I looked at a couple if Dexters at the hardware store but the cutting edge was rather uneven. BTW, the F Dick is available for less than Amazon charges. I will see if I can find out more. Good info on the Shun. You are so helpful.

                        1. re: Chemicalkinetics

                          Red spirit slicing F. Dick is 2.54 mm and weighs 14 oz.

                          1. re: brooktroutchaser

                            Thanks. If it is only 2.54 mm at the heel section (near the handle), and the knife taper down quickly to 1.0-1.5 mm toward the tip, then it is fine, but I have a feeling that it is not.

                            I would look elsewhere for now.

                            1. re: Chemicalkinetics

                              F.Dick is 2.54 at spine, 2.12 at center, 1.3 an inch above edge, .85 mm a quarter inch above edge and .30 just above edge.

                              Chem, what do you think?

                              BTW, I have visited every oriental grocery in town. Interesting and a world removed from Whole Food.

                              1. re: brooktroutchaser

                                <F.Dick is 2.54 at spine, 2.12 at center, 1.3 an inch above edge, .85 mm a quarter inch above edge and .30 just above edge. >

                                Nice information. It sounds like this only means the blade thickness changes from the spine to the edge. This is pretty normal. I was hoping that the F. Dick knife would have taper down along the spine from the heel toward the tip. Something along this line:

                                http://static.apple.nextmedia.com/ima...

                                I think 1.3 mm for one inch above the edge is still a bit too thick to be a slicer. I can go home later and double check my slicer.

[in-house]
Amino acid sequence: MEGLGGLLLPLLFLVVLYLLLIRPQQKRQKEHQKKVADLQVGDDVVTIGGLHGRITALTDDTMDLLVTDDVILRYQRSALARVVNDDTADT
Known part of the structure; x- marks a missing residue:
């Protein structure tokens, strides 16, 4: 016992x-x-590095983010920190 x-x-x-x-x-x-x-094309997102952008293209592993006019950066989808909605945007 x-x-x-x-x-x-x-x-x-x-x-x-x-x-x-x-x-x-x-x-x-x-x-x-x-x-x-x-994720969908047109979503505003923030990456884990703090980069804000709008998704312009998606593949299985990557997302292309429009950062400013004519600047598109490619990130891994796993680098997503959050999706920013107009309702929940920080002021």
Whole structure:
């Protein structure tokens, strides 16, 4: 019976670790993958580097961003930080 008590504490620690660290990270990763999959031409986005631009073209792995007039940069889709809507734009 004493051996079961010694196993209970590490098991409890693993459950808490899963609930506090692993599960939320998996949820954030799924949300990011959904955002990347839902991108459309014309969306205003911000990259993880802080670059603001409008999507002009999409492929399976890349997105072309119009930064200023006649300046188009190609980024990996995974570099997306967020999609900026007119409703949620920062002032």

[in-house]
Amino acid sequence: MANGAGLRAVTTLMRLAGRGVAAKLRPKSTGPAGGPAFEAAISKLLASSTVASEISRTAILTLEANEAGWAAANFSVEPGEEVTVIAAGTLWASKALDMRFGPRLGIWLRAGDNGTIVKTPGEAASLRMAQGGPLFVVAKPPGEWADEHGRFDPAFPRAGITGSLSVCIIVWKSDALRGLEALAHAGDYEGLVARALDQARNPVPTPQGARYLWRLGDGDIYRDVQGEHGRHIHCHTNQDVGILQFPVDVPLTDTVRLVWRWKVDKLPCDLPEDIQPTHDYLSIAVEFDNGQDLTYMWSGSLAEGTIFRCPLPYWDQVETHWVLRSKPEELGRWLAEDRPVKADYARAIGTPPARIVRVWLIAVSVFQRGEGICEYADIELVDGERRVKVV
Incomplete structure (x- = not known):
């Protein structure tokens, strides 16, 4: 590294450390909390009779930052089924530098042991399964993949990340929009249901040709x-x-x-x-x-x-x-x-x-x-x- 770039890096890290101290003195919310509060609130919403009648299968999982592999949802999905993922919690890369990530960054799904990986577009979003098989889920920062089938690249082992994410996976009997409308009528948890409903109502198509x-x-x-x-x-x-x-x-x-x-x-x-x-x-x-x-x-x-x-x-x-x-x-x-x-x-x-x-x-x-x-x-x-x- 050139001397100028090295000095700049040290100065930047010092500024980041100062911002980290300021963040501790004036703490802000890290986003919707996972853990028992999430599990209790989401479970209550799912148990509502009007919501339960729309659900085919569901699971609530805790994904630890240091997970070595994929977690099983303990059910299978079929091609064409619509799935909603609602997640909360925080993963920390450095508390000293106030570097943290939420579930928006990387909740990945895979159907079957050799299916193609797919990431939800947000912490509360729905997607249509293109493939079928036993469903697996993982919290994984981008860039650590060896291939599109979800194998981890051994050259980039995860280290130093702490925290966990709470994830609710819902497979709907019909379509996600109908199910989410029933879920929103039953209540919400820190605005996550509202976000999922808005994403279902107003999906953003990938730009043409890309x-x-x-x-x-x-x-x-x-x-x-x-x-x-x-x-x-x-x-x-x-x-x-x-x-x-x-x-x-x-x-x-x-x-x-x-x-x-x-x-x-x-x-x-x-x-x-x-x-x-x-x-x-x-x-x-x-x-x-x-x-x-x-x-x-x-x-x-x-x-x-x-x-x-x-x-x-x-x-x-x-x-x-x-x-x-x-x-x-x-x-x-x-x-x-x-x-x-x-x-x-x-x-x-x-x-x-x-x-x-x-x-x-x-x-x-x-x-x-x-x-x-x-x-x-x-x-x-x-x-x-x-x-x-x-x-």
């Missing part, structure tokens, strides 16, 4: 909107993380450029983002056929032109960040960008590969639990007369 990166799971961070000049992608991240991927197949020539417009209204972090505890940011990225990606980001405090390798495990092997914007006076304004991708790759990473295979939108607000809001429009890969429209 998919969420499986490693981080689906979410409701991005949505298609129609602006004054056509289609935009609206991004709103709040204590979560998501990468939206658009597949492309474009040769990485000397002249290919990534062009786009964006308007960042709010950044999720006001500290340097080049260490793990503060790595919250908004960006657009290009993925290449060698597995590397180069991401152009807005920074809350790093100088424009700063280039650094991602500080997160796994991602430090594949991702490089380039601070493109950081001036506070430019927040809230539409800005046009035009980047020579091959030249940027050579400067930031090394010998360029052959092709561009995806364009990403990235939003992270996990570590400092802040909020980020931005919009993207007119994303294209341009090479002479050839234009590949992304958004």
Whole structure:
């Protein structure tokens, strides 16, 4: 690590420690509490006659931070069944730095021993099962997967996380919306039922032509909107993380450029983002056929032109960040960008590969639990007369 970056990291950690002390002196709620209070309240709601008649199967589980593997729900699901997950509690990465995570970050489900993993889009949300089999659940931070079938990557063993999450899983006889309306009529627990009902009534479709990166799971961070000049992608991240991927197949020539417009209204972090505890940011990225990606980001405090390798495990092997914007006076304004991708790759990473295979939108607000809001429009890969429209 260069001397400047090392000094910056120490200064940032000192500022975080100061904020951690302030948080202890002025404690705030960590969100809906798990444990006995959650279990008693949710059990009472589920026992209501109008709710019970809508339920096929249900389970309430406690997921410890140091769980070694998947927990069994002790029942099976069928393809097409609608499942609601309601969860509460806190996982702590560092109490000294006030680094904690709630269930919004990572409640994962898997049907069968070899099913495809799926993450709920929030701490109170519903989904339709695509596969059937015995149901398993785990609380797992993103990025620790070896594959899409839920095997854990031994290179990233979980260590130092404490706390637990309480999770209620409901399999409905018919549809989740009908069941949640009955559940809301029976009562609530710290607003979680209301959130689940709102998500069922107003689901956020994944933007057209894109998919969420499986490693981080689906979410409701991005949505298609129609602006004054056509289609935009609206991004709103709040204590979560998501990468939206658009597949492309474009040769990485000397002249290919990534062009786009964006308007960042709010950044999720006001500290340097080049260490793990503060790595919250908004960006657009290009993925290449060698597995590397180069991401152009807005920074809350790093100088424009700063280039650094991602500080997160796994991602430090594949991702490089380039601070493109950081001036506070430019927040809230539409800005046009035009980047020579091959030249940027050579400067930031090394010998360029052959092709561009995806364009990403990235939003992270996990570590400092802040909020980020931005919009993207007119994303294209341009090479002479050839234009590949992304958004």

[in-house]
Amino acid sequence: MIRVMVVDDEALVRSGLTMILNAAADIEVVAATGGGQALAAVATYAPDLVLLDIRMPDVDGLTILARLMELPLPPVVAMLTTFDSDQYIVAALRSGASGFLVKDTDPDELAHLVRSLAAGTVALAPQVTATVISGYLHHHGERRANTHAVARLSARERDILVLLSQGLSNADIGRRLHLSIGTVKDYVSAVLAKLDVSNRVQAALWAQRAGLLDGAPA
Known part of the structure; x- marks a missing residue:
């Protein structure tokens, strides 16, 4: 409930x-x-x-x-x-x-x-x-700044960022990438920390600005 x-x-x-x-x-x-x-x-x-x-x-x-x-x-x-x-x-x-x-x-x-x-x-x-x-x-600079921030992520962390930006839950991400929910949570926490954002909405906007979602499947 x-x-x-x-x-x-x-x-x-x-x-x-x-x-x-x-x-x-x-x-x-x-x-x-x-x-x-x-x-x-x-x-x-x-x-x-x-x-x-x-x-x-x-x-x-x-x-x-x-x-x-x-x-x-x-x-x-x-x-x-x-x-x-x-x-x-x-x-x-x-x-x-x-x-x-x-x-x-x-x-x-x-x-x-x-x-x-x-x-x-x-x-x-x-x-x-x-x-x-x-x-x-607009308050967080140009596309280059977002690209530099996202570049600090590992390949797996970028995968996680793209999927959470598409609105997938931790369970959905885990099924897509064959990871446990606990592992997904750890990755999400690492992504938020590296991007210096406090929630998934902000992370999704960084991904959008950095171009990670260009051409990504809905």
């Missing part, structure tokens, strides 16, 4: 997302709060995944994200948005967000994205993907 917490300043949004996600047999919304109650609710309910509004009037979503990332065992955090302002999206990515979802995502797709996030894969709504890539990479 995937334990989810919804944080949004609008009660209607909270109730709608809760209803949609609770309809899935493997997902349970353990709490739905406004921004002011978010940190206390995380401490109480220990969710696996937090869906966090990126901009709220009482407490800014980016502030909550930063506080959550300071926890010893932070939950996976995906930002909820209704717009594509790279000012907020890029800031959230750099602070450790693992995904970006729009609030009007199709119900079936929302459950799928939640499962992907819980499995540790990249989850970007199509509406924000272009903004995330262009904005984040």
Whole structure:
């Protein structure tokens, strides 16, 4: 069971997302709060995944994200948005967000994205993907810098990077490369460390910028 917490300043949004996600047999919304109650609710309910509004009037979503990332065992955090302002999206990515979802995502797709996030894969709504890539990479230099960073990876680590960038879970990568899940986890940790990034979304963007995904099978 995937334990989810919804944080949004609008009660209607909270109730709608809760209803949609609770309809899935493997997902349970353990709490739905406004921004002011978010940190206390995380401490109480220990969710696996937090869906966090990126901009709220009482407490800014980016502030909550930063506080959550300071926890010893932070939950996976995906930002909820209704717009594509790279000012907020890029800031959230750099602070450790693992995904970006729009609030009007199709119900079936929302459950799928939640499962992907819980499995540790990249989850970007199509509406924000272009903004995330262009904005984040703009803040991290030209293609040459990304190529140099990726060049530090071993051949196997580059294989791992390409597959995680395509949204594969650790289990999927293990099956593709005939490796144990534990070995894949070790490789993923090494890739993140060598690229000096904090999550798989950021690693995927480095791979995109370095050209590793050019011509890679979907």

Good that you seem to enjoy your oriental grocery stores.

                                1. re: Chemicalkinetics

                                  brook,

                                  I like to take some of the early replies back. You wrote "F.Dick is 2.54 at spine, 2.12 at center, 1.3 an inch above edge, .85 mm a quarter inch above edge"

                                  I just measured my slicer. Moving from the direction of spine to edge. At the spine tip, it is 1.3 mm. At the tip, halfway between the spine and the edge, it is 1.3 mm. At the tip, 1 inch above the edge, it is still 1.3 mm. Then, a quarter inch above the edge, it is 0.9 mm.

                                  So my guess is that the blade thickness of this F. Dick knife comes down quickly from the center (listed as 2.12 mm) to 1 inch above the edge (listed 1.3 mm). In fact, it comes down so quickly that it makes me think it has a hollow grind.

                                  As for weight, you said this F. Dick knife is 14 oz, which is about 400 g. My CCK KF1303 is 273 g with a blade dimension of 8.25 inch in length and 3.5 inch in width, or 20.5 cm X 9 cm.

                2. Pardon my chubby fingers on a tiny keyboard. chai dao

                  1. Just returned from a test drive of the chai dao knife at Sur la Table. It is a nice knife, perfectly suited to cutting and dicing veggies. But the spine is rather thin and I would not use it to cut a roasted spatchcocked chicken in half as one might with the same size German chefs knife. Interesting tool, however, and has its uses.

                    2 Replies
                    1. re: brooktroutchaser

                      The Wusthof appears to be a spin off of an Asian cleaver with a big belly curve. I’ve seen cleavers with a big belly curve at Asian markets, and being used to rock chop, power mince herbs and nuts on Thai food cooking shows.

                      1. re: brooktroutchaser

                        What's nice about a Chai Dao, and a santoku as well, is that you get the width of a much longer blade (like a 10-inch chef's) without all the unwieldy length.

                        But it's not meant to be used to cut chickens in half, which I wouldn't do with a German chef's knife either. You'll dull your blade pronto and wonder why you can't cut red peppers the way you could just a day earlier. For the chicken I'd use a pair of quality kitchen shears. . .or a good old-fashioned cleaver :)

                      2. Best I can tell, the Wusthof Chai Dao is basically just a santoku. It has a bit more curve than their other santokus. The Shun santoku has a similar profile - you might like it too.